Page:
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Author Topic:   The Importance of the First Amendment
molbiogirl
Member (Idle past 704 days)
Posts: 1909
From: MO
Joined: 06-06-2007


Message 46 of 59 (464158)
04-23-2008 6:34 PM
Reply to: Message 41 by randman
04-23-2008 5:15 PM


The reason is so that the free exercise of religion is not interfered with by the state ...

That is Free Exercise Clause, not the Establishment Clause.

What does the Establishment Clause mean, rand?

... not that anti-religionists could create a doctrine that science cannot include religion ...

Science does not include religion. Period.

... so ban thought in the class-room if it relates to religion.

Thought is not banned.

How would one ban thought if one were inclined to do so? Install a really big fMRI in the classroom, point it at one student at a time, analyze their thoughts and banish those who were thinking of a god?


This message is a reply to:
 Message 41 by randman, posted 04-23-2008 5:15 PM randman has responded

Replies to this message:
 Message 48 by randman, posted 04-23-2008 6:56 PM molbiogirl has responded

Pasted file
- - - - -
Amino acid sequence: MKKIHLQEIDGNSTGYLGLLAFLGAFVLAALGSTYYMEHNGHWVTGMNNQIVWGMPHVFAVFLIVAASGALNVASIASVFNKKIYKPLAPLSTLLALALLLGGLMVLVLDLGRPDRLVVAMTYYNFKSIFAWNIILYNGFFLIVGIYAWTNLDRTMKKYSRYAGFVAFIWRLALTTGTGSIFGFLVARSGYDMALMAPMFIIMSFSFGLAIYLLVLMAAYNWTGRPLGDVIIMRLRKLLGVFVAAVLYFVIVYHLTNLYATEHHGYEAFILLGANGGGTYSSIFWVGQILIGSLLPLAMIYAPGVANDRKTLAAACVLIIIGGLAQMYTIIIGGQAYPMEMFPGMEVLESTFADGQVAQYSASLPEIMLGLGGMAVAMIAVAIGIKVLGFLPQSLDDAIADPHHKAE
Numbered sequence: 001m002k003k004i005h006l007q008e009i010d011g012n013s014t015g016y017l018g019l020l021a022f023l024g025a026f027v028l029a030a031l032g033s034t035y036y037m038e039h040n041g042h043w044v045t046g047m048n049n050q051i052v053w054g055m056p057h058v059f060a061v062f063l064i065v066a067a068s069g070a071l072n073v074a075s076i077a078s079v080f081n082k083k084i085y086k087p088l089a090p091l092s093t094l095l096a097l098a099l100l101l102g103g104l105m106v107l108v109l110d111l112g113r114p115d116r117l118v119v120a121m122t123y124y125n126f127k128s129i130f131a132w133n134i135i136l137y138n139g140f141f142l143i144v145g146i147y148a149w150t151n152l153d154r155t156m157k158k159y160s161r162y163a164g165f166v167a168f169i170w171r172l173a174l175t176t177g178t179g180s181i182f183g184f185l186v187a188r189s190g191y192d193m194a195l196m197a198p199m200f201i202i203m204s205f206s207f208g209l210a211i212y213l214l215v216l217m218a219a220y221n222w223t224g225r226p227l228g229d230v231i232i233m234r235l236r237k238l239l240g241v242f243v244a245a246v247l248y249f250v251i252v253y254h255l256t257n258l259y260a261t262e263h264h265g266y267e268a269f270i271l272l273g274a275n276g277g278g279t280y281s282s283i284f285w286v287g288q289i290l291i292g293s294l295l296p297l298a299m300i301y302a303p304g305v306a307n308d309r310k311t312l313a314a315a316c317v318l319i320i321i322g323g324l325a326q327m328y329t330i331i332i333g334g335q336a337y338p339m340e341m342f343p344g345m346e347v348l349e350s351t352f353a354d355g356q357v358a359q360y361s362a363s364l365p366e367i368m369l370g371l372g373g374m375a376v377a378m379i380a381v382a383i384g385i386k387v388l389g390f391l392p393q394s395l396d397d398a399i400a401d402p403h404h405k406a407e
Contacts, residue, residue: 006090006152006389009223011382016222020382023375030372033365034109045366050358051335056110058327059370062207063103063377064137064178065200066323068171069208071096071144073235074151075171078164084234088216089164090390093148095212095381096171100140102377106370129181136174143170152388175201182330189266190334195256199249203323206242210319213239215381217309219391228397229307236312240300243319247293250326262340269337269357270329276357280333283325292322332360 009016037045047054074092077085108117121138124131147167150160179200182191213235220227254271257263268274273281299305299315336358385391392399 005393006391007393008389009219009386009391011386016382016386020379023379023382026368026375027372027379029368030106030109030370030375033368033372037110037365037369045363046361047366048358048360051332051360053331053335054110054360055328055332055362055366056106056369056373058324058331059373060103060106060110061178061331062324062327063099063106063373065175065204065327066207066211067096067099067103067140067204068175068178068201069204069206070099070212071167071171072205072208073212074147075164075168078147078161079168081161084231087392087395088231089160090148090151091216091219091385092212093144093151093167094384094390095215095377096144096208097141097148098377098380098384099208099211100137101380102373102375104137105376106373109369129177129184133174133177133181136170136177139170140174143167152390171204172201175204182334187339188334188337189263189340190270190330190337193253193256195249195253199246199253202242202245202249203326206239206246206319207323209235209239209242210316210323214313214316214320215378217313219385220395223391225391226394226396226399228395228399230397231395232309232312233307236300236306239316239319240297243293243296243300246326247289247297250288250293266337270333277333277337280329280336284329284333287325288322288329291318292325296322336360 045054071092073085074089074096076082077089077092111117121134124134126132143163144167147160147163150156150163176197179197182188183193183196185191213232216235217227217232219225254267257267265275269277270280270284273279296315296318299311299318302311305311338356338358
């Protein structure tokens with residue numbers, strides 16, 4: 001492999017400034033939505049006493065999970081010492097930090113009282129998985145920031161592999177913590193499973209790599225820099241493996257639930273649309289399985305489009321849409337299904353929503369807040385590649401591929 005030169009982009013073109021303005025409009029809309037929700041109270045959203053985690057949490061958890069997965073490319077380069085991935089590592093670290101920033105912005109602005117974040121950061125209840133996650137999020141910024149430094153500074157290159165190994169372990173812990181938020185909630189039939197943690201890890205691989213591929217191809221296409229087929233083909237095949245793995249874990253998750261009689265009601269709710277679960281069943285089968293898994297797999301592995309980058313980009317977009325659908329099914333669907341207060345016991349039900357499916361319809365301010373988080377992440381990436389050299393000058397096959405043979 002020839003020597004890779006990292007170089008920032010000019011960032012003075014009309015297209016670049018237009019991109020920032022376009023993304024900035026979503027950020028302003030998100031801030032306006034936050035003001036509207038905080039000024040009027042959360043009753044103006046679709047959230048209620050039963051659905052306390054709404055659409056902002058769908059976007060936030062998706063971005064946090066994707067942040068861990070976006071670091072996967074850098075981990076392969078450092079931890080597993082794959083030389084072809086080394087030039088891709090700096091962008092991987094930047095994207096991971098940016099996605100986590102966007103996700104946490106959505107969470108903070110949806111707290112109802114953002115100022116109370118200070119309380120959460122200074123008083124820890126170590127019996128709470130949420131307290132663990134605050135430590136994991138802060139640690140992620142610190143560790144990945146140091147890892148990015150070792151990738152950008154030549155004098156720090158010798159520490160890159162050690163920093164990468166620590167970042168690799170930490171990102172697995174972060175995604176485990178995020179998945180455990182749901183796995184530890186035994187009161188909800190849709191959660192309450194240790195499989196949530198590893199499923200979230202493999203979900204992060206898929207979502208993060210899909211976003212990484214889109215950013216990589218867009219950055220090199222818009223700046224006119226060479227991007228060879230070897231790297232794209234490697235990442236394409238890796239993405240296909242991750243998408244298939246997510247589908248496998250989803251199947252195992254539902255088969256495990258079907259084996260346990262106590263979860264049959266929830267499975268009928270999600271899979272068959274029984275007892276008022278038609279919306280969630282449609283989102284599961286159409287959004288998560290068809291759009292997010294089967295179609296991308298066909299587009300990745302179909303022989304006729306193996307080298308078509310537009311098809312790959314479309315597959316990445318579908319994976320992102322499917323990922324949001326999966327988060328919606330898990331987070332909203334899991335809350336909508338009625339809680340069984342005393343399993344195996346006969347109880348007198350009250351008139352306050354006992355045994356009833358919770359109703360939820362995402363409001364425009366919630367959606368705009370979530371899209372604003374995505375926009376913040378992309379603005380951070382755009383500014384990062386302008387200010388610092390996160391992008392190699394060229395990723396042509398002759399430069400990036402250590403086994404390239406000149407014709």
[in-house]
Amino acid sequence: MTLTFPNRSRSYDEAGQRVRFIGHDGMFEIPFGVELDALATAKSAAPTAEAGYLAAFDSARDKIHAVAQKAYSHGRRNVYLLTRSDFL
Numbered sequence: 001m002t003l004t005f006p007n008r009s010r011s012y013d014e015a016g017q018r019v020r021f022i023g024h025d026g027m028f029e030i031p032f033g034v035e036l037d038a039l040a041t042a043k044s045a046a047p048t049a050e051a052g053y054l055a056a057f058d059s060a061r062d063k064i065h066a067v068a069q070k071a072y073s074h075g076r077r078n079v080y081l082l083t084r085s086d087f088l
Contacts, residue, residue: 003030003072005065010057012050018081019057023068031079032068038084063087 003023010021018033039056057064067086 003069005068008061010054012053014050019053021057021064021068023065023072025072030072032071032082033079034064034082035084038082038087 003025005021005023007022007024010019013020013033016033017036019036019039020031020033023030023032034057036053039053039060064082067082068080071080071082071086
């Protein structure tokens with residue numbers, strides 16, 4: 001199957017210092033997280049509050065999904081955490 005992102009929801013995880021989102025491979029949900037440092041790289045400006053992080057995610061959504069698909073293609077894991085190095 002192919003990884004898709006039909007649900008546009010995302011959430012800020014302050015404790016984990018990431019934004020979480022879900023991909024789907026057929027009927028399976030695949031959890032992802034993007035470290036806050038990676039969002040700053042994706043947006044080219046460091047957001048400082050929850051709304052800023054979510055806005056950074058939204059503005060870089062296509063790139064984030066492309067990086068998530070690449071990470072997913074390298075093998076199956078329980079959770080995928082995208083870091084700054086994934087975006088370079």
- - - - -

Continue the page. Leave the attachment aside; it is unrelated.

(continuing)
randman 
Suspended Member (Idle past 1423 days)
Posts: 6367
Joined: 05-26-2005


Message 47 of 59 (464160)
04-23-2008 6:53 PM
Reply to: Message 45 by Dr Adequate
04-23-2008 6:19 PM


Maybe you don't realize your posts on employee's not doing their jobs has nothing to do with my original comments on the free exercise clause? It appears that is the case.

Suffice to say, teachers not doing their jobs is not related to the Constitutional claims I have made.

Is it your belief they are?


This message is a reply to:
 Message 45 by Dr Adequate, posted 04-23-2008 6:19 PM Dr Adequate has responded

Replies to this message:
 Message 51 by Dr Adequate, posted 04-23-2008 7:36 PM randman has responded

  
randman 
Suspended Member (Idle past 1423 days)
Posts: 6367
Joined: 05-26-2005


Message 48 of 59 (464162)
04-23-2008 6:56 PM
Reply to: Message 46 by molbiogirl
04-23-2008 6:34 PM


The establishment clause has the same purpose, to protect religion and religious speech. The idea is if we had an official religion, such as secularism, then religion could become threatened by the state.

Your position is that religious thought and theory must be restricted when it comes to science and so you advocate not allowing the free exercise of religion. That Orwellian approach has turned the 1st amendment on it's head to do exactly what the 1st amendment was written to prevent.


This message is a reply to:
 Message 46 by molbiogirl, posted 04-23-2008 6:34 PM molbiogirl has responded

Replies to this message:
 Message 49 by molbiogirl, posted 04-23-2008 7:26 PM randman has responded

  
molbiogirl
Member (Idle past 704 days)
Posts: 1909
From: MO
Joined: 06-06-2007